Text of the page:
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Florida lawmakers will get briefed on Russian, Iranian election interference

The Director of National Intelligence changed its mind on Tuesday and said his office would brief two Florida members of Congress on Iranian and Russian efforts to undermine the 2020 election.
In this Dec. 9, 2019 photo, Rep. John Ratcliffe, R-Texas, during the House impeachment inquiry hearings in Washington. Now he is the National Intelligence Director.
In this Dec. 9, 2019 photo, Rep. John Ratcliffe, R-Texas, during the House impeachment inquiry hearings in Washington. Now he is the National Intelligence Director. [ DOUG MILLS | AP ]
Published Oct. 27, 2020
Updated Oct. 27, 2020

Reversing course, the office of the Director of National Intelligence John Ratcliffe on Tuesday agreed to brief Florida U.S. Reps. Stephanie Murphy and Michael Waltz on the efforts by Iran and Russia to undermine the 2020 election in the Sunshine State.

Murphy and Waltz had asked the FBI to brief the Florida congressional delegation on the matter by Oct. 30. But on Monday afternoon, the request for a pre-Election Day briefing was turned down due to a “lack of bandwidth prior to the election.”

Then, on Tuesday morning, Ratcliffe’s office reversed course and scheduled a briefing on the matter for Friday morning..

“(Ratcliffe’s office) is working with Representatives Waltz and Murphy to provide them details on the most recent threat reporting impacting their districts,” a spokesperson said in an email to the Times/Herald.

Ratcliffe did not respond when asked if other lawmakers from Florida would be included in the briefing. The congressional districts represented by Murphy and Waltz do not include all counties targeted by the emails.

In Florida, voters in at least six counties received hundreds of threatening emails last week from a sender purporting to be affiliated with the Proud Boys. The sender claimed to have voters' personal information, and ordered them to vote for President Donald Trump or “we will come after you.”

A day after voters received the emails, the U.S. government concluded Iran and Russia had obtained American voter registration data, and that Iran used the information to send threatening, spoofed emails to voters.

Waltz, a Northeast Florida Republican, on Tuesday morning said his office was working to schedule a briefing as early as Tuesday or Wednesday. By the end of Tuesday, the meeting time changed to Friday morning, Murphy’s office confirmed.

“It’s a bipartisan issue to protect our elections and we are working on scheduling this with multiple agencies, as early as today or tomorrow,” Waltz said.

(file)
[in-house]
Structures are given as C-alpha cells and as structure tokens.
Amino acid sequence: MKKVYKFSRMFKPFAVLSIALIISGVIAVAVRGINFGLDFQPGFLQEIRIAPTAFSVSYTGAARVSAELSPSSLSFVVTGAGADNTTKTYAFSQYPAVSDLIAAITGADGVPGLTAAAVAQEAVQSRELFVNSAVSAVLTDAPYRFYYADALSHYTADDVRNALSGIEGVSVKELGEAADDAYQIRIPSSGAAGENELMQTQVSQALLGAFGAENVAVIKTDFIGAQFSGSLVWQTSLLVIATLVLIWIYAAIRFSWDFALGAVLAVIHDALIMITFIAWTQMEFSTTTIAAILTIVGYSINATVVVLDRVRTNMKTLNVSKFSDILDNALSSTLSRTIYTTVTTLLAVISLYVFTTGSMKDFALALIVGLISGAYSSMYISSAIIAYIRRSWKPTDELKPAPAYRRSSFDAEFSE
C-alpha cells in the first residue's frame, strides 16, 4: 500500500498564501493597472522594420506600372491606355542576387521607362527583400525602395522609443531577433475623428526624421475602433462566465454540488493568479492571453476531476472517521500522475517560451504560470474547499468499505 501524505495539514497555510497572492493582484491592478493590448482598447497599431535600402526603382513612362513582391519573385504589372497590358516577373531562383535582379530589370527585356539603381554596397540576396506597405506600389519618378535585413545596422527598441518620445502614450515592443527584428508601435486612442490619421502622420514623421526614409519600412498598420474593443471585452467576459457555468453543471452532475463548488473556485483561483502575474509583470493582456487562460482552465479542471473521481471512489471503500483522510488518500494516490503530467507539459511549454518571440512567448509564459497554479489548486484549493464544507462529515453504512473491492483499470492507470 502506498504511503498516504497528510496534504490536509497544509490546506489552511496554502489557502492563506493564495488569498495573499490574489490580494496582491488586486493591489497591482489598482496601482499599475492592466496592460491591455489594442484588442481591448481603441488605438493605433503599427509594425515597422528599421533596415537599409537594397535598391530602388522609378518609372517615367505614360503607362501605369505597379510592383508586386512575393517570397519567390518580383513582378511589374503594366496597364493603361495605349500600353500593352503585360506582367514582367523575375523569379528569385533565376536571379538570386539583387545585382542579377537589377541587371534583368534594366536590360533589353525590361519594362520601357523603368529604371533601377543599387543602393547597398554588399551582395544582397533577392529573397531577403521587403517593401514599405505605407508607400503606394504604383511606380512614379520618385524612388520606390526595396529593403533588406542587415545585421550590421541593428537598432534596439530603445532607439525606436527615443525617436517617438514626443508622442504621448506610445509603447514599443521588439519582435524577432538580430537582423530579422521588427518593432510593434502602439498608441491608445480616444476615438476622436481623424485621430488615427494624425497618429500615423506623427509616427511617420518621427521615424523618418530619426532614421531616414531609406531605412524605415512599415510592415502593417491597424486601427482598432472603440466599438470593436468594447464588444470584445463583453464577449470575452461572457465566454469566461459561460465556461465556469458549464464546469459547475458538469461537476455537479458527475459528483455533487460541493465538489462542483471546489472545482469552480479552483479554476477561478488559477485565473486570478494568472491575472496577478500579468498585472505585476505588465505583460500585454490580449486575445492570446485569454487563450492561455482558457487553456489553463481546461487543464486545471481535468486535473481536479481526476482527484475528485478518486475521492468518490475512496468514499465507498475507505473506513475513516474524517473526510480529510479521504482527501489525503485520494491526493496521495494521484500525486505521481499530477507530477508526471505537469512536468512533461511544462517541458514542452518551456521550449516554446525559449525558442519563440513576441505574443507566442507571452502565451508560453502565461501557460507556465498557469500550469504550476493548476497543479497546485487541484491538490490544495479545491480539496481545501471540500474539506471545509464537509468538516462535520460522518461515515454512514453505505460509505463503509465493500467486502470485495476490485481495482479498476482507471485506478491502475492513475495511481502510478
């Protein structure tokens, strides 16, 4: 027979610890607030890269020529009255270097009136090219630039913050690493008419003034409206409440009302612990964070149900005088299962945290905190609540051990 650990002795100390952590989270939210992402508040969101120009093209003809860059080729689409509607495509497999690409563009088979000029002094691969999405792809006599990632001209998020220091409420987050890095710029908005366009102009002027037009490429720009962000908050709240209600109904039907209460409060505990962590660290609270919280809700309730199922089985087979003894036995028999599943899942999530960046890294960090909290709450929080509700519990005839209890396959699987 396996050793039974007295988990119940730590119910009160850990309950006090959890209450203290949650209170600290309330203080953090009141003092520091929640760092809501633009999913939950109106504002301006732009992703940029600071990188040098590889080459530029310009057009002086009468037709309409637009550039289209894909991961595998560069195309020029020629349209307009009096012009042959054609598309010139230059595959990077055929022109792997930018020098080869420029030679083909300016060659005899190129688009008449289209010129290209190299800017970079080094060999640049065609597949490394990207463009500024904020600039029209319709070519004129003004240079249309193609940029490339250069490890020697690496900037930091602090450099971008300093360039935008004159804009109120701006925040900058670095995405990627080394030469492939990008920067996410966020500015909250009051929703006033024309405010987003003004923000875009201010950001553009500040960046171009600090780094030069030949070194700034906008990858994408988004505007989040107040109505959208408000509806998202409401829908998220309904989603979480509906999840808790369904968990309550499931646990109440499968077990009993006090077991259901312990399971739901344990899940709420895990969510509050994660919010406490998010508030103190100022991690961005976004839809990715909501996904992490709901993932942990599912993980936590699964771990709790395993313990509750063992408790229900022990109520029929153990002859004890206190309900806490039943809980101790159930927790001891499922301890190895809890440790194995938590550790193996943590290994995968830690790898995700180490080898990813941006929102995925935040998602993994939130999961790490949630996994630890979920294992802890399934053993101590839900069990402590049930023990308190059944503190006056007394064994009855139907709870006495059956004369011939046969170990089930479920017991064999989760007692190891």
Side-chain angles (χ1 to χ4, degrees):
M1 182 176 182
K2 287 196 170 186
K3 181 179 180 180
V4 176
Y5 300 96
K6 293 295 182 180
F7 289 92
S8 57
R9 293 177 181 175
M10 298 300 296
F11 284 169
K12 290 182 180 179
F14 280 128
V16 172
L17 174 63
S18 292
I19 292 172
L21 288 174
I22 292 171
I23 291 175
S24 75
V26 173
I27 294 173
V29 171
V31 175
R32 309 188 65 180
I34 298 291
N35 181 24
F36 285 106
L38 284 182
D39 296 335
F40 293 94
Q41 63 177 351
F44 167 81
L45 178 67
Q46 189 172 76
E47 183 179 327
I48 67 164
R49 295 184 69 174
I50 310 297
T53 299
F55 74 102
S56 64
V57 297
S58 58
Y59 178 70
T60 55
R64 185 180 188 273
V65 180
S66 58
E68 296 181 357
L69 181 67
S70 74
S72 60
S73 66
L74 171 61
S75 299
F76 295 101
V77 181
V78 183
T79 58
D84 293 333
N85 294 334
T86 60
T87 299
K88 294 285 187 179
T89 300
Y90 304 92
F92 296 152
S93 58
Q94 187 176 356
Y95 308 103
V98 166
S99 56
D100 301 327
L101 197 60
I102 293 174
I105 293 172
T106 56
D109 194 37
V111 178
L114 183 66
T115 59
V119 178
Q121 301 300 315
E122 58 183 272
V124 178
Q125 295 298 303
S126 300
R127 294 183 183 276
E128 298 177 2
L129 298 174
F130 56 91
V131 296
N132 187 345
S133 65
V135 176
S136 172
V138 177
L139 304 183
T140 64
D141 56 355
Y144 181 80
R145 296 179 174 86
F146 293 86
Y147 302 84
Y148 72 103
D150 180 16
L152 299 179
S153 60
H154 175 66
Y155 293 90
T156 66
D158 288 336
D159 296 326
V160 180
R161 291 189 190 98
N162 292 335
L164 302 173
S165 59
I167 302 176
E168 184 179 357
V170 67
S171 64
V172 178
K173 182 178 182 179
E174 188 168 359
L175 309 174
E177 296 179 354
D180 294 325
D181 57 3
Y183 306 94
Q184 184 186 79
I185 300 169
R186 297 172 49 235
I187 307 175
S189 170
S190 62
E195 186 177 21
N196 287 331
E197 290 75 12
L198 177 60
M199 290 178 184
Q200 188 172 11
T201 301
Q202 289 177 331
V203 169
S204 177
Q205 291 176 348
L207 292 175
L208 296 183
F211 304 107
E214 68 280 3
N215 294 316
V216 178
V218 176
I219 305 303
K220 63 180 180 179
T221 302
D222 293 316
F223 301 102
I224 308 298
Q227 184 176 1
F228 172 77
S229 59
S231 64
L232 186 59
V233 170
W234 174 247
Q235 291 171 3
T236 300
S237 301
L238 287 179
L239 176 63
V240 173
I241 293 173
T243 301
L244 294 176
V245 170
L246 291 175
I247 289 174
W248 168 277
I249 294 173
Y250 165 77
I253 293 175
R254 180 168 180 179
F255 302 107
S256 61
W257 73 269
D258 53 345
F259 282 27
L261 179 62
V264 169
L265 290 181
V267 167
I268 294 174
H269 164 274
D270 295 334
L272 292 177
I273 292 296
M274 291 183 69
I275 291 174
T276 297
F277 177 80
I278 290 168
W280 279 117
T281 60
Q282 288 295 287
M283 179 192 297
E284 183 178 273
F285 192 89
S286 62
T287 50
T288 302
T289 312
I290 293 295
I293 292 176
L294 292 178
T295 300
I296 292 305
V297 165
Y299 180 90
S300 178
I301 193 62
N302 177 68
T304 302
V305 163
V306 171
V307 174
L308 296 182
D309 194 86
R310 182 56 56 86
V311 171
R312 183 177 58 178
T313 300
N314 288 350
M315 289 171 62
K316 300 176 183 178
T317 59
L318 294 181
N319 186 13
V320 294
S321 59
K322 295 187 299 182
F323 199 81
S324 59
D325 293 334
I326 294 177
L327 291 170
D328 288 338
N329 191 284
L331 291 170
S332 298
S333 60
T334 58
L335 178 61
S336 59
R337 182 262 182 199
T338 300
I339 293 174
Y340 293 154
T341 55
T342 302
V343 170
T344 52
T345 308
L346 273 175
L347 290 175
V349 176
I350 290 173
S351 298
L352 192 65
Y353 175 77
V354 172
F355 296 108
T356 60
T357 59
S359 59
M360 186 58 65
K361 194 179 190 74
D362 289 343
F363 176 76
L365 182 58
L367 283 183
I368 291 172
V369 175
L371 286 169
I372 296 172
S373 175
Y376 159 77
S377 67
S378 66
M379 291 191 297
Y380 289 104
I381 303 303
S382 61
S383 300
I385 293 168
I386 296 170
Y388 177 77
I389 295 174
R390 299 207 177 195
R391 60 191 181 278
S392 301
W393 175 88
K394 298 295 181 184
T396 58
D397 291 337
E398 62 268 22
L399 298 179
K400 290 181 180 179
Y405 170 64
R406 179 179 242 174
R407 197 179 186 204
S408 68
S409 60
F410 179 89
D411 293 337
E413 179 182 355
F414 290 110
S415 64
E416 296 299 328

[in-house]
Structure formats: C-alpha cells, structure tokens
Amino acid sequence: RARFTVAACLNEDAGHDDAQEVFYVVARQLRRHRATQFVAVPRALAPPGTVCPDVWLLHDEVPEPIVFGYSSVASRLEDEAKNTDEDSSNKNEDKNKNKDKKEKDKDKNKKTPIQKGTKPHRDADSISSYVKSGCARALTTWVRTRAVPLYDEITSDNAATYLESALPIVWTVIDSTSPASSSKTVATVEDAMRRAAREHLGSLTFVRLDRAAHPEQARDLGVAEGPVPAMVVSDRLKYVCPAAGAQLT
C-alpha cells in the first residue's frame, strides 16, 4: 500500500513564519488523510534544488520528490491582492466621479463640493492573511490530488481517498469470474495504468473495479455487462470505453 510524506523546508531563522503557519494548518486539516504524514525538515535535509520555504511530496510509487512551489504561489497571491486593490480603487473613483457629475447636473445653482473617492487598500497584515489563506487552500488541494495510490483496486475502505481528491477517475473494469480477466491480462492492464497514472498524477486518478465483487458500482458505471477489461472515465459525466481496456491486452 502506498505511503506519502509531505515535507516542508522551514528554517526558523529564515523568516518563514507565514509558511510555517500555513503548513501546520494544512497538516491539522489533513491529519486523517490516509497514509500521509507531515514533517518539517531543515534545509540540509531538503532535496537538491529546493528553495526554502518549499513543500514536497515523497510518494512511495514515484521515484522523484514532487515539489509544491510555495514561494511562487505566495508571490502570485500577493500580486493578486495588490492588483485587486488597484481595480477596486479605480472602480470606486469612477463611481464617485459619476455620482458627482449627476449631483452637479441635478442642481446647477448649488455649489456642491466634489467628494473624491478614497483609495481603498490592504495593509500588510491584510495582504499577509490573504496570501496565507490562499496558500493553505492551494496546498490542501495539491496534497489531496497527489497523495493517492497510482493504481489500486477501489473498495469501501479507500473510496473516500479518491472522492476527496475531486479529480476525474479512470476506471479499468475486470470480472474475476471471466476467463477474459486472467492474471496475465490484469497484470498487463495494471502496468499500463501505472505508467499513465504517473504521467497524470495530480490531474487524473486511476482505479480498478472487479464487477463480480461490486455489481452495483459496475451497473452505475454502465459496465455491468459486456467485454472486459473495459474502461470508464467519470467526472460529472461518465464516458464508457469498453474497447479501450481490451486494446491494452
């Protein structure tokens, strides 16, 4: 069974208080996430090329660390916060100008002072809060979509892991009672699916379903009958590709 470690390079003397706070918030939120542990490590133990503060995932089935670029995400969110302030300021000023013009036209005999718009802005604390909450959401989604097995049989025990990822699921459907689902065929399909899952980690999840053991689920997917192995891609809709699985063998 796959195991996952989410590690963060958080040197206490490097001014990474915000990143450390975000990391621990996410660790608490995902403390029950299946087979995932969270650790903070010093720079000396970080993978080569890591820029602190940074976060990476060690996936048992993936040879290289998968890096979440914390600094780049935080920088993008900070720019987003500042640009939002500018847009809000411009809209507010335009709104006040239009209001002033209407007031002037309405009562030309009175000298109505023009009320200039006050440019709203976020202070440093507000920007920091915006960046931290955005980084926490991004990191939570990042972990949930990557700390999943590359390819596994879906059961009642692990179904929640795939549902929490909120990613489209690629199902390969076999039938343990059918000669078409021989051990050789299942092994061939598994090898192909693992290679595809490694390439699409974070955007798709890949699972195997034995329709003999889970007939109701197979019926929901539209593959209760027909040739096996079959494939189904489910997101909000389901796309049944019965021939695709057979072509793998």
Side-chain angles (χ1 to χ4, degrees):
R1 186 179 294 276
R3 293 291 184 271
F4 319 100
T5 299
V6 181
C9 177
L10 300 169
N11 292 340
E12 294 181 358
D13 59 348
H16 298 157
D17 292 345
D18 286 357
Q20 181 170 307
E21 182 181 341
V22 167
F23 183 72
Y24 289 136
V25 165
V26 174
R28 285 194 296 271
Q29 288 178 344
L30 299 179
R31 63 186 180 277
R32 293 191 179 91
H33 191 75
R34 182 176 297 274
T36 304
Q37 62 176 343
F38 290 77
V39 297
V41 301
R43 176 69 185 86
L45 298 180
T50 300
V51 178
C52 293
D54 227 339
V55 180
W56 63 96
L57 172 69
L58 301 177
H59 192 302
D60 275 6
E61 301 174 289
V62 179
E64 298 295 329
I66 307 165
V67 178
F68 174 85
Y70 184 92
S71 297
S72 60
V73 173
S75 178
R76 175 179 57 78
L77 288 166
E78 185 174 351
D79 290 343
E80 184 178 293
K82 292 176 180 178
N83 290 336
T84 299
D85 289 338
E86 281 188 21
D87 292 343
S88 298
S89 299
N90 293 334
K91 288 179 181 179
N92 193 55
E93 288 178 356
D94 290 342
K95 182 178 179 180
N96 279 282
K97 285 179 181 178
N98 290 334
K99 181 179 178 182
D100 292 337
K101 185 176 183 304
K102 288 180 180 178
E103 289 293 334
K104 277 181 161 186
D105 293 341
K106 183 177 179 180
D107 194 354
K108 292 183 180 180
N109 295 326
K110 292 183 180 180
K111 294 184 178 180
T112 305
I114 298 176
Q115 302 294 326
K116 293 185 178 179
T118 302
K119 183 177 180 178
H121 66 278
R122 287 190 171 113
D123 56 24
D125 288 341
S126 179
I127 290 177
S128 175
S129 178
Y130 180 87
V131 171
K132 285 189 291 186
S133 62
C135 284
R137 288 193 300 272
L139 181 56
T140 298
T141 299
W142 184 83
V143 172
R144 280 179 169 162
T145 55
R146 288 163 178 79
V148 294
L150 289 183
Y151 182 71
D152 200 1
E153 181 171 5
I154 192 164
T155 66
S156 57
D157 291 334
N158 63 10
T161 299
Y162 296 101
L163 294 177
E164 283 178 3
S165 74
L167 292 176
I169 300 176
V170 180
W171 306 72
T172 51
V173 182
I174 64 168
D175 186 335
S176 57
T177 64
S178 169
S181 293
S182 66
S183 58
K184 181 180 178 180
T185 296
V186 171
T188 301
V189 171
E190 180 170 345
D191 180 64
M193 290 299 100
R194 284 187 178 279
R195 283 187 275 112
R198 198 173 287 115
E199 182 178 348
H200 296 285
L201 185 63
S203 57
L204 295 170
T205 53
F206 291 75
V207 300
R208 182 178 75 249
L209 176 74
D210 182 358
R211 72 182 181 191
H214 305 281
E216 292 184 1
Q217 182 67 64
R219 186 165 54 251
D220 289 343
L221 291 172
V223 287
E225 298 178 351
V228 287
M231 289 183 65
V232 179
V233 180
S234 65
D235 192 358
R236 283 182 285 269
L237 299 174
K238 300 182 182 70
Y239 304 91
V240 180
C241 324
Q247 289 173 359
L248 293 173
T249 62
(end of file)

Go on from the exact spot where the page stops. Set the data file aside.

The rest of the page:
Other lawmakers from Florida were informed of Ratcliffe’s decision to change course from Murphy and Waltz’s offices.

In Washington, members of Congress typically received classified briefings in a secure facility. There are such secure facilities in the U.S. Capitol, but Congress is not in Washington ahead of Election Day. That means any lawmakers who want to attend will need to find a secure facility in Florida, which can be found at military installations or FBI field offices.

Congressman Matt Gaetz, a Northwest Florida Republican, said he spoke with Ratcliffe’s office on Monday regarding election interference.

“I cannot comment on the substance,” Gaetz said.

Florida, the nation’s most populous swing state, was among at least four states targeted by the emails. Alachua, Collier, Brevard, Flagler, Escambia and Citrus counties were among the Florida counties that had reports of the threatening emails.

The emails featured misleading claims about voting information. For example, the sender claimed they were in possession of voters' information because they had “gained access into the entire voting infrastructure” and said they “will know which candidate you voted for.”

In Florida, voter registration data — including names, addresses, emails, dates of birth and party affiliations — is public record, votes are private.

Ratcliffe said the spoofed emails were “designed to intimidate voters, incite social unrest and damage President Trump.”

Democrats, however, were skeptical of Ratcliffe’s claim that the emails were meant to hurt Trump.

The House Homeland Security Committee — which is run by Democrats — said Wednesday on Twitter that, “These election interference operations are clearly not meant to harm President Trump,” and then added that Ratcliffe has “politicized the Intelligence Community to carry water for the president.”

Ceballos reported from the Tampa Bay Times/Miami Herald Bureau in Tallahassee, and Daugherty reported from the McClatchy Bureau in Washington, D.C.

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